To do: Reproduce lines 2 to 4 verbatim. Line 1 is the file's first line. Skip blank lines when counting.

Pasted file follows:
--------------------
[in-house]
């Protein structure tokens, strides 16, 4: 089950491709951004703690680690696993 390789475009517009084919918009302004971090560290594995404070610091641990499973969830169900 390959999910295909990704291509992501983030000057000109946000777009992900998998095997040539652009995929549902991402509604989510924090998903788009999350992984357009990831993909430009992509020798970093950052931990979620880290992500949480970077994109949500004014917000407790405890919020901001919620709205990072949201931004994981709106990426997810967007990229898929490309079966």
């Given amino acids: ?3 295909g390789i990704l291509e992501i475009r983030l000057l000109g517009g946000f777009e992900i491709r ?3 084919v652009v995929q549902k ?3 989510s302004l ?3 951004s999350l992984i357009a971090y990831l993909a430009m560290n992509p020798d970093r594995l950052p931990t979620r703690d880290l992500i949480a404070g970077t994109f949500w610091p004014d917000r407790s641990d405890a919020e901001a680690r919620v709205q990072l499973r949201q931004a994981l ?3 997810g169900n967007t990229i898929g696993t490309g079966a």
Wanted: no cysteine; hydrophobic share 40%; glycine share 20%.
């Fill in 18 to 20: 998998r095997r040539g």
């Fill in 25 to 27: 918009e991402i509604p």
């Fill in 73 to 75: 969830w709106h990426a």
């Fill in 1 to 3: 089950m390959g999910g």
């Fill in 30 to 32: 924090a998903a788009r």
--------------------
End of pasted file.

């Protein structure tokens, strides 16, 4: 089950491709951004703690680690696993 390789475009517009084919918009302004971090560290594995404070610091641990499973969830169900 390959999910295909990704291509992501983030000057000109946000777009992900998998095997040539652009995929549902991402509604989510924090998903788009999350992984357009990831993909430009992509020798970093950052931990979620880290992500949480970077994109949500004014917000407790405890919020901001919620709205990072949201931004994981709106990426997810967007990229898929490309079966």
């Given amino acids: ?3 295909g390789i990704l291509e992501i475009r983030l000057l000109g517009g946000f777009e992900i491709r ?3 084919v652009v995929q549902k ?3 989510s302004l ?3 951004s999350l992984i357009a971090y990831l993909a430009m560290n992509p020798d970093r594995l950052p931990t979620r703690d880290l992500i949480a404070g970077t994109f949500w610091p004014d917000r407790s641990d405890a919020e901001a680690r919620v709205q990072l499973r949201q931004a994981l ?3 997810g169900n967007t990229i898929g696993t490309g079966a």
Wanted: no cysteine; hydrophobic share 40%; glycine share 20%.